“Is she going to do her speech in English?”

 

“Her Japanese wasn’t that good the last time she was here.”

 

When it was my turn, I delivered my speech entirely in Japanese.

 

Was I nervous?

 

Yes.

 

Did people laugh at me when I fumbled over my words?

 

Yes.

 

But the expression on my family’s faces as I put them in their place was worth the fumbling and the excruciating stomach pain. More importantly, I felt powerful. I had done something that I didn’t think I could do.

 

I had pushed myself out of my comfort zone. I now believed that I could do things that I didn’t think were possible.

 

You don’t have to make a 15-minute speech in a foreign language to feel powerful. You just need to push your boundaries, prove to yourself that you can do things you didn’t think you could. Building your self-esteem starts with small victories. Count them. Write them down.  As you grow and evolve, things around you will change. But those feelings of power and self-confidence will stay with you even after the things around you disappear.

 

How have YOU built up your self-esteem over the years?

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How To Keep the Demons (And the S – Word) Down

Learning To Love Yourself, Re-framing Your Thinking

 

Demons

“Don’t get too close; it’s dark inside; it’s where my demons hide.”

We’ve all had those nights where you’re wide awake at 4 in the morning. The ones where you’re sweating like a hog in heat. The nights where none of the tricks you use to fall asleep seems to be working.

 

Because those demons creep in.

 

Don’t tell me you don’t know what I’m talking about. Those critical voices, the voices of childhood bullies, the ones that tell you that you’re not going to amount to anything.

 

The voices that tell you that you “should.”

 

Should be getting out more. Should eat healthier. Should be stronger. The list goes on and on and on.

 

You might look around you and think that everyone around you has it together, that they know what they’re doing because it seems like they’re navigating life with a map highlighted with Day-Glow markers. And there you are in the corner trying things that don’t seem to be working.

 

The truth is, we’re all in the same boat; the difference is that we just deal with it differently.

 

Not all of us decide to broadcast our woes to the world via Facebook status updates, and what we read on those channels might not necessarily be true. We can edit, water ourselves down to portray ourselves a certain way.

 

So how do you take the bullhorn away from that lizard that keeps saying the s-word?

 

Create Your Own Standards

 

Easier said than done, yes. But you are not your BFF who has a Day-Glo highlighted map to life. You are you. And if a good day for you means putting in just one job application and working out for an hour instead of the person next to you who puts in ten applications a day and bench presses more than 100 pounds at the gym, you have the right to celebrate that.

 

Find An Outlet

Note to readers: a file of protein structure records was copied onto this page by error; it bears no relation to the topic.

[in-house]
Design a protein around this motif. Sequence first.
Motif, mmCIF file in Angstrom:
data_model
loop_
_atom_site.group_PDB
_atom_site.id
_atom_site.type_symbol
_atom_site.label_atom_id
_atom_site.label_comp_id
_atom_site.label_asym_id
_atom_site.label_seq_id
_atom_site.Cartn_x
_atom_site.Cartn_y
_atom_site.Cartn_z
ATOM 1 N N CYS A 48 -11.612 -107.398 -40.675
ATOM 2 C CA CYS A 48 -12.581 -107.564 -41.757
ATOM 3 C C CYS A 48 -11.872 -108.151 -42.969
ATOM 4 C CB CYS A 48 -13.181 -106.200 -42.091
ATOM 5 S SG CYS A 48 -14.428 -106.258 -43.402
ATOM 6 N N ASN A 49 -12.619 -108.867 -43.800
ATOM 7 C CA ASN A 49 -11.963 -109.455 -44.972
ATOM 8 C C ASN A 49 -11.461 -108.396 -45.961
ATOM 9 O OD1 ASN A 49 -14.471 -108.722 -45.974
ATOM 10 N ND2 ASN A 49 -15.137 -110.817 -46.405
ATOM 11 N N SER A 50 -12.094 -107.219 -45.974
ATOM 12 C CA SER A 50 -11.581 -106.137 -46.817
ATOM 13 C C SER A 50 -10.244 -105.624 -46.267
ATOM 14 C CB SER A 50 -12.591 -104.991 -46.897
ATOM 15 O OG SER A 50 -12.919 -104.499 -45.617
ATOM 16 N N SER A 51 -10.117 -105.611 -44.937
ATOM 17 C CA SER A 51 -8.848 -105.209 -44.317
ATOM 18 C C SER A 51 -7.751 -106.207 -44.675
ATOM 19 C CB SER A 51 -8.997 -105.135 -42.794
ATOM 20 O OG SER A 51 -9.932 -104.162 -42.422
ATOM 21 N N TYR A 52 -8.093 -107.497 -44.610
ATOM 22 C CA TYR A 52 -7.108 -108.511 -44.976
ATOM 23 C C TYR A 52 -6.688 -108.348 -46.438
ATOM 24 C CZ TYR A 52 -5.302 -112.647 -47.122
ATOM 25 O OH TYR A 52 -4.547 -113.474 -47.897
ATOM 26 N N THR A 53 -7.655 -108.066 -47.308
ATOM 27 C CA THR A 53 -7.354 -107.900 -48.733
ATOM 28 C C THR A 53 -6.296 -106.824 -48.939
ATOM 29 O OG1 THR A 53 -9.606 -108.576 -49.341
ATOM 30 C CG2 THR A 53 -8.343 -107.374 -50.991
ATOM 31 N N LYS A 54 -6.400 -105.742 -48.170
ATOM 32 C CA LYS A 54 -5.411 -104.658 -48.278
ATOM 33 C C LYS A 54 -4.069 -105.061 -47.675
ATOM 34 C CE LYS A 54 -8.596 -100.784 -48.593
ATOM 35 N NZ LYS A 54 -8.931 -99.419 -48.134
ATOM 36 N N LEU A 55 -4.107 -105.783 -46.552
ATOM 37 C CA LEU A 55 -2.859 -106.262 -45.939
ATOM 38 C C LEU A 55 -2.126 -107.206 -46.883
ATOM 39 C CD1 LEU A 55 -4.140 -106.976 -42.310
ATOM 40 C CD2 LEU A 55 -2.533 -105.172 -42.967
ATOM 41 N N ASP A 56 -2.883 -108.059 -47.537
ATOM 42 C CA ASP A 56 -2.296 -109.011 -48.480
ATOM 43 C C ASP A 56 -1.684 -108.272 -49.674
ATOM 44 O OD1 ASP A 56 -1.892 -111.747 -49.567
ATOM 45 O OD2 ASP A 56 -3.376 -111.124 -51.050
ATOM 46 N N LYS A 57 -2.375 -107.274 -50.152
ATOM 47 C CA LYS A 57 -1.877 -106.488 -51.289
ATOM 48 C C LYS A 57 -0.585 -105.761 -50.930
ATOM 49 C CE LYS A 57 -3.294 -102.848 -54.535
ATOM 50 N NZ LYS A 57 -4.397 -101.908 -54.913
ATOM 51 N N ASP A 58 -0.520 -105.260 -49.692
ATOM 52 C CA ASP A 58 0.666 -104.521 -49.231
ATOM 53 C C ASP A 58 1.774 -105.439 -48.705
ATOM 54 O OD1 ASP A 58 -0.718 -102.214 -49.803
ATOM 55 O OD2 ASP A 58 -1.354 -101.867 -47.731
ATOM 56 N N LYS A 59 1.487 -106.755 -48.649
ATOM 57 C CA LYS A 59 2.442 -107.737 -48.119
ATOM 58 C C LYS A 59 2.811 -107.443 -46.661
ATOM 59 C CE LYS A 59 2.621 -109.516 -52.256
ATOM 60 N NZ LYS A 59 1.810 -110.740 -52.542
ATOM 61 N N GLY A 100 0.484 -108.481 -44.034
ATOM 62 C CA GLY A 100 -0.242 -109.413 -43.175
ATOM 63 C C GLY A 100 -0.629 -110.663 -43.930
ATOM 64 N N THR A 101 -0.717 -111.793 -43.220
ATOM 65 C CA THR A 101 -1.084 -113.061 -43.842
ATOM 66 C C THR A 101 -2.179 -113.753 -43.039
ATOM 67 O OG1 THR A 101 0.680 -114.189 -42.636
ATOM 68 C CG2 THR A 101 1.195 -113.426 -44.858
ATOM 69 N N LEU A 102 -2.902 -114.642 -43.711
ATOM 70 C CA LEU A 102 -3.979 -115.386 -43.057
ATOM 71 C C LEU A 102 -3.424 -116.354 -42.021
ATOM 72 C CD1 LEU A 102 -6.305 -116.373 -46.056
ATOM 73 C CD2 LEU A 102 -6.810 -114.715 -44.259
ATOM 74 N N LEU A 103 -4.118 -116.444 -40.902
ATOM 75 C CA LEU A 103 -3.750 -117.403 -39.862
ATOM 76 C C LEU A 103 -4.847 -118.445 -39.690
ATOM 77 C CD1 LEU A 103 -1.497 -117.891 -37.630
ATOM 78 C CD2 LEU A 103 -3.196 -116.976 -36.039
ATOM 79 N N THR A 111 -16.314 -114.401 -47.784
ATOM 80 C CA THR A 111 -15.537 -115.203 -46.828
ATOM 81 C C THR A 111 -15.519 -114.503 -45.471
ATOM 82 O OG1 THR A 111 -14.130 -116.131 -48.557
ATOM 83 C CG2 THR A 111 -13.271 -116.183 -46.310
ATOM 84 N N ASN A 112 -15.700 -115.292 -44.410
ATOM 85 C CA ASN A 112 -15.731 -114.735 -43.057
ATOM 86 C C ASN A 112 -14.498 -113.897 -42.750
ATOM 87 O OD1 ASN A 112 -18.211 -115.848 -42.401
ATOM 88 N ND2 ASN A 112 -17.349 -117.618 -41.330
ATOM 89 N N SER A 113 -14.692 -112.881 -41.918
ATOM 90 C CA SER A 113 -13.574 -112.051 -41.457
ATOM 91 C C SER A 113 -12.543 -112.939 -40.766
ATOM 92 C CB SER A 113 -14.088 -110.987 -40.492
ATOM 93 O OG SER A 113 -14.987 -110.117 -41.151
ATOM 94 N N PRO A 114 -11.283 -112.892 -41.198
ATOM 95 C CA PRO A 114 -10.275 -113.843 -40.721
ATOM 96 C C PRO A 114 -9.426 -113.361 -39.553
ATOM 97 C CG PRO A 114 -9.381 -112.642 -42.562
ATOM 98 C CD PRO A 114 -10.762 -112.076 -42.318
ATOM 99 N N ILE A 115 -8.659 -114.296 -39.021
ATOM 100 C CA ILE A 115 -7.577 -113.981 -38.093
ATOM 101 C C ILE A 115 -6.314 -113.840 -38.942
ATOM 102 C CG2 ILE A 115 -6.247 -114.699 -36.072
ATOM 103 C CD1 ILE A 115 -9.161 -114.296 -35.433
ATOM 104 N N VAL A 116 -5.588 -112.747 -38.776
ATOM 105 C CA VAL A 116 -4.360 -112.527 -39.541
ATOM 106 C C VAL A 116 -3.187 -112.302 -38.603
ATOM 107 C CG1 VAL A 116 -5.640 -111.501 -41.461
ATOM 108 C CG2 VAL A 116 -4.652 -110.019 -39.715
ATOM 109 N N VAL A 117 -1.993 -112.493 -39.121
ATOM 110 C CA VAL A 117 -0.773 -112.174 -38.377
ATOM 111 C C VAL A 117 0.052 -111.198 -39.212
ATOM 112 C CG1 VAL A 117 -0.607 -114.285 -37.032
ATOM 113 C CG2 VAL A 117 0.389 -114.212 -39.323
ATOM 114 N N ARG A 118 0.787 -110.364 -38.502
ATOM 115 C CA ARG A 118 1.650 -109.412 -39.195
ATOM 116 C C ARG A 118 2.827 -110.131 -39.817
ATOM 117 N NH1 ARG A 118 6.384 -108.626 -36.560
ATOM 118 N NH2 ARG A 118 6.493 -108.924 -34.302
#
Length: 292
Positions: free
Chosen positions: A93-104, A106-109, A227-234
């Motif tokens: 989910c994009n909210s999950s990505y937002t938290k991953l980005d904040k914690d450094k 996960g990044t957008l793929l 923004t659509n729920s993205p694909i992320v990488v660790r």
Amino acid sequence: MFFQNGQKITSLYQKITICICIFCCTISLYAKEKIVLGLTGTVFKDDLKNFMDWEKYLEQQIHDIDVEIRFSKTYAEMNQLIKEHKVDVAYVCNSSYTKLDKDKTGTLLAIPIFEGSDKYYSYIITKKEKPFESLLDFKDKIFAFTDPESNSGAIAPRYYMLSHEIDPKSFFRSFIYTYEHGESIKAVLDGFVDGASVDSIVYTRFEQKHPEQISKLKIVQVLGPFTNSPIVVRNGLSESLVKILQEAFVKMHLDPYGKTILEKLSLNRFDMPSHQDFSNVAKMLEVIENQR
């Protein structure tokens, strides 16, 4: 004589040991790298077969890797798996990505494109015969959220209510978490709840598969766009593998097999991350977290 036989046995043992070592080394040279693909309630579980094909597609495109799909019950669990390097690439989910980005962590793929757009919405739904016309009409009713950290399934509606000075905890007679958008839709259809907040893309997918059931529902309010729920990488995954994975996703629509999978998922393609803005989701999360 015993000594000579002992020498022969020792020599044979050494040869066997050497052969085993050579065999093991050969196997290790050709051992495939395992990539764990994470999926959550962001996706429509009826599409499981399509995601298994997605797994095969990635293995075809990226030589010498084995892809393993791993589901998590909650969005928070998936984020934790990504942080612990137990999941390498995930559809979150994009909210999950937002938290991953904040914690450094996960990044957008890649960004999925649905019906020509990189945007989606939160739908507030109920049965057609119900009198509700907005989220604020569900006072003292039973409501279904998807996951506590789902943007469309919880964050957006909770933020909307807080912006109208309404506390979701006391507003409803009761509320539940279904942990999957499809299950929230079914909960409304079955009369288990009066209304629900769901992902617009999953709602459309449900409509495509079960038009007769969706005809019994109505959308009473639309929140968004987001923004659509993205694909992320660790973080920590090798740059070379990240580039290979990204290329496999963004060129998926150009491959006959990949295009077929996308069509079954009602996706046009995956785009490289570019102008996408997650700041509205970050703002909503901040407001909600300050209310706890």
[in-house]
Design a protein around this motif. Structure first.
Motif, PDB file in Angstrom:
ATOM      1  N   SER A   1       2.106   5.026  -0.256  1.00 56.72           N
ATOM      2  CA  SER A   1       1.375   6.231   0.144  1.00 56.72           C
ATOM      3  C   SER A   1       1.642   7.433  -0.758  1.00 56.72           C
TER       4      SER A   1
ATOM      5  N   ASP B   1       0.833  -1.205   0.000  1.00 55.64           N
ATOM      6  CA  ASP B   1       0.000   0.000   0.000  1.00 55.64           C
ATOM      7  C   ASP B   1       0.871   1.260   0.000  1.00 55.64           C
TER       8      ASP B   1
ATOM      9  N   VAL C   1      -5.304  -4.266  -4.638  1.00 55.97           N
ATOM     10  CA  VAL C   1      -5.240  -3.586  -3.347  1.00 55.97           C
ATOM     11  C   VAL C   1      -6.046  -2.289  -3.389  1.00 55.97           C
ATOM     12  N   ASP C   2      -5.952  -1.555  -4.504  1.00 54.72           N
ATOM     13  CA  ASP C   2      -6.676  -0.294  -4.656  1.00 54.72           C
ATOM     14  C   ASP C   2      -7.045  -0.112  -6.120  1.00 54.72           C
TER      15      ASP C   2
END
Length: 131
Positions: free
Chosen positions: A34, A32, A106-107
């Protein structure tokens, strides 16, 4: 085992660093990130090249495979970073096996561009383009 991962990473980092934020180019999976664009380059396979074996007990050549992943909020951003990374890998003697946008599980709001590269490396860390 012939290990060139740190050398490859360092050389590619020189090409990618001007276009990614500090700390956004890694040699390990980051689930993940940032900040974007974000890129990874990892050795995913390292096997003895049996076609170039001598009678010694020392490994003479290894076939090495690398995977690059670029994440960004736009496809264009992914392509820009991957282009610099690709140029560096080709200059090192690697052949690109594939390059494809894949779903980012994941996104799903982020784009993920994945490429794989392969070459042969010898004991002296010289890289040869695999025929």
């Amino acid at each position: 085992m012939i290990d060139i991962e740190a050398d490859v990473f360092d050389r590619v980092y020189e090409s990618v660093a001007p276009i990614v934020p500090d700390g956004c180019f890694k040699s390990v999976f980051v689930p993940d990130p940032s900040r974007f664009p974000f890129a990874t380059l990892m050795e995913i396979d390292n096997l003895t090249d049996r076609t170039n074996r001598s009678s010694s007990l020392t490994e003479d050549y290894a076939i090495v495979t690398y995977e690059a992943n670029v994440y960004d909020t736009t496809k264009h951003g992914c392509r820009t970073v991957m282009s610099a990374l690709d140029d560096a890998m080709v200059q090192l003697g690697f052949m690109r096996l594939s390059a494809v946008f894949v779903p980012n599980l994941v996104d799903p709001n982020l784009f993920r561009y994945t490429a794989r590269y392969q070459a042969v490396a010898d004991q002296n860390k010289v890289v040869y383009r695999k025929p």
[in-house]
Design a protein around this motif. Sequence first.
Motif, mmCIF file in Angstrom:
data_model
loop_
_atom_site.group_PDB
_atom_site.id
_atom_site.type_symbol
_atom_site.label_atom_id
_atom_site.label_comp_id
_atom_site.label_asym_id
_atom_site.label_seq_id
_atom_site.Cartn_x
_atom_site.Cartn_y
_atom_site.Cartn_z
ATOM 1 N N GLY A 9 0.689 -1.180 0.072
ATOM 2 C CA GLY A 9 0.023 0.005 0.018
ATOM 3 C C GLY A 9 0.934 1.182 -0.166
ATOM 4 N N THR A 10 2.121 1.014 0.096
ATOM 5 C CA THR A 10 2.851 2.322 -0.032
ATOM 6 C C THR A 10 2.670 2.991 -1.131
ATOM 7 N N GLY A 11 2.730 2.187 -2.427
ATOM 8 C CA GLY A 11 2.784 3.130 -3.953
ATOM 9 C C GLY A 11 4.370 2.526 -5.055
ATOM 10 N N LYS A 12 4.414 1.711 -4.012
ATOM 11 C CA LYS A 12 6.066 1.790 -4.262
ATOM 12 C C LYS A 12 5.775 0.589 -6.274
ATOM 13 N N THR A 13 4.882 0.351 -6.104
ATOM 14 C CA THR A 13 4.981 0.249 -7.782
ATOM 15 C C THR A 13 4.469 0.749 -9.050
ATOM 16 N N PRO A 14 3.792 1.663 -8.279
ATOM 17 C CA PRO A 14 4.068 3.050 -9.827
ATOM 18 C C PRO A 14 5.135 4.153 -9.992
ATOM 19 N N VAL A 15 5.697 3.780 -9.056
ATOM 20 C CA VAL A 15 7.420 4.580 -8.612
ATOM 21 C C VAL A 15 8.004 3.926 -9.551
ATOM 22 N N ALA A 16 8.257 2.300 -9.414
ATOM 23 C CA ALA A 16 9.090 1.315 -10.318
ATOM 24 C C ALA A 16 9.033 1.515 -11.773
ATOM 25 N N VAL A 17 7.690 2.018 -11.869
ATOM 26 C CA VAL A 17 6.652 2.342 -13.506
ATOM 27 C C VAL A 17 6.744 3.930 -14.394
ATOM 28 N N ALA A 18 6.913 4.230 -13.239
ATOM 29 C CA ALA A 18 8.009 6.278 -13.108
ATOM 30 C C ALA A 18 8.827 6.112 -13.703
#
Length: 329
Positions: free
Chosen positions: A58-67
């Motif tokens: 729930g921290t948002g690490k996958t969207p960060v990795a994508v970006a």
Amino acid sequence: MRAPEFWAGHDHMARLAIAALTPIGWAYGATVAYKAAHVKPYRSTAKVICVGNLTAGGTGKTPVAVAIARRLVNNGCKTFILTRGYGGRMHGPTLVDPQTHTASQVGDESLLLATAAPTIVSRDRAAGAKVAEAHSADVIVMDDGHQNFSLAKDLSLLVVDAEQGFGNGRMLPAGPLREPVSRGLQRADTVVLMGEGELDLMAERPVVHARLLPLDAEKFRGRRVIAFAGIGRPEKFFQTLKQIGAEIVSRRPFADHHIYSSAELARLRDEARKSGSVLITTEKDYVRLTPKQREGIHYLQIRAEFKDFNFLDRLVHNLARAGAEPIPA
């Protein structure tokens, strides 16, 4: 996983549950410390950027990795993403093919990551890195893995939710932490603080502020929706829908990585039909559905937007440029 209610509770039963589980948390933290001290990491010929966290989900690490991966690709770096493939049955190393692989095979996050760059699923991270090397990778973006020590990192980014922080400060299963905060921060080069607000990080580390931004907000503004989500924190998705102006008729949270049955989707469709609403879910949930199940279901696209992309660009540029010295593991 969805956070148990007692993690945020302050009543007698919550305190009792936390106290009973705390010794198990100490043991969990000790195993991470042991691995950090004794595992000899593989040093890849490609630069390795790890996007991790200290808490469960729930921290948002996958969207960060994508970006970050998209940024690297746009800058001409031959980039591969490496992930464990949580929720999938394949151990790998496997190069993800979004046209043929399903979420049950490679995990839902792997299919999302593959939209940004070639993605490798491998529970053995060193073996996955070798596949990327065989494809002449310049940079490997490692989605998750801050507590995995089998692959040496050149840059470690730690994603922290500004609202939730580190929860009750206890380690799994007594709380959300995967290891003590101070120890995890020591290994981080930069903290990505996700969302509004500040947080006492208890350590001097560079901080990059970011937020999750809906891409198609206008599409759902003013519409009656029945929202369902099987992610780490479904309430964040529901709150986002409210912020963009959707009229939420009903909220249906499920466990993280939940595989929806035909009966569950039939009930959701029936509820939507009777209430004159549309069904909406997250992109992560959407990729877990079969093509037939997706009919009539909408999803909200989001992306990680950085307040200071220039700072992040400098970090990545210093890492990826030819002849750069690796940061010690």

I’m not here to tell you that there’s ONE WAY to rid yourself of that lizard voice. You have to find a way that works for you. For me, it’s writing in a journal and kickboxing. For you, it might be something else. There’s no shame in saying that what works for one person may not work for you. Find that thing that helps you relieve stress. It could be one thing, it could be two things, it could be multiple things. But finding an outlet for pent-up energy always helps you get out of the “should” trap. It allows you to vent, focus on something else. And I’m pretty sure you’re not too keen on letting that lizard yell the s-word through an invisible bull horn in your ear.

 

Tone Down The Media Consumption

 

I know, I know. You can’t live without your phone. I’m not saying to lock your phone and laptop in a safe or anything. It’s no secret that the media feeds the s word. Since I’ve stopped reading magazines and tabloids, I’ve been much happier. This doesn’t mean that I’ve stopped keeping tabs on what’s happening in the entertainment world (because let’s be real, there’s no real way to escape it). This doesn’t mean that NOT flipping through those glossy pages will make you a happier person within the first 24 hours. But without the extra fuel for the s word, without comparisons, you can focus on improving yourself.

 

Don’t Play The “What-if” Game

 

Now before you go off, I know what you’re thinking: this is the hardest thing ever. This is especially true if you’re a planner like yours truly. But what if the thing you actually end up doing is even better than the thing you had planned?

 

I’ve said before that you don’t have to take every opportunity that comes your way. But sometimes there are regrets. Sometimes it’s better to just bite the bullet and jump into that handstand even though your head is saying that you’ll fall over into the person next to you.

 

We’ve all played the “what if” game, but sometimes the what-if game can cripple us.

 

And I don’t think we want to live our lives as cripples.

 

What strategies do you have for dealing with the s word?

Photo Credit: PicJumbo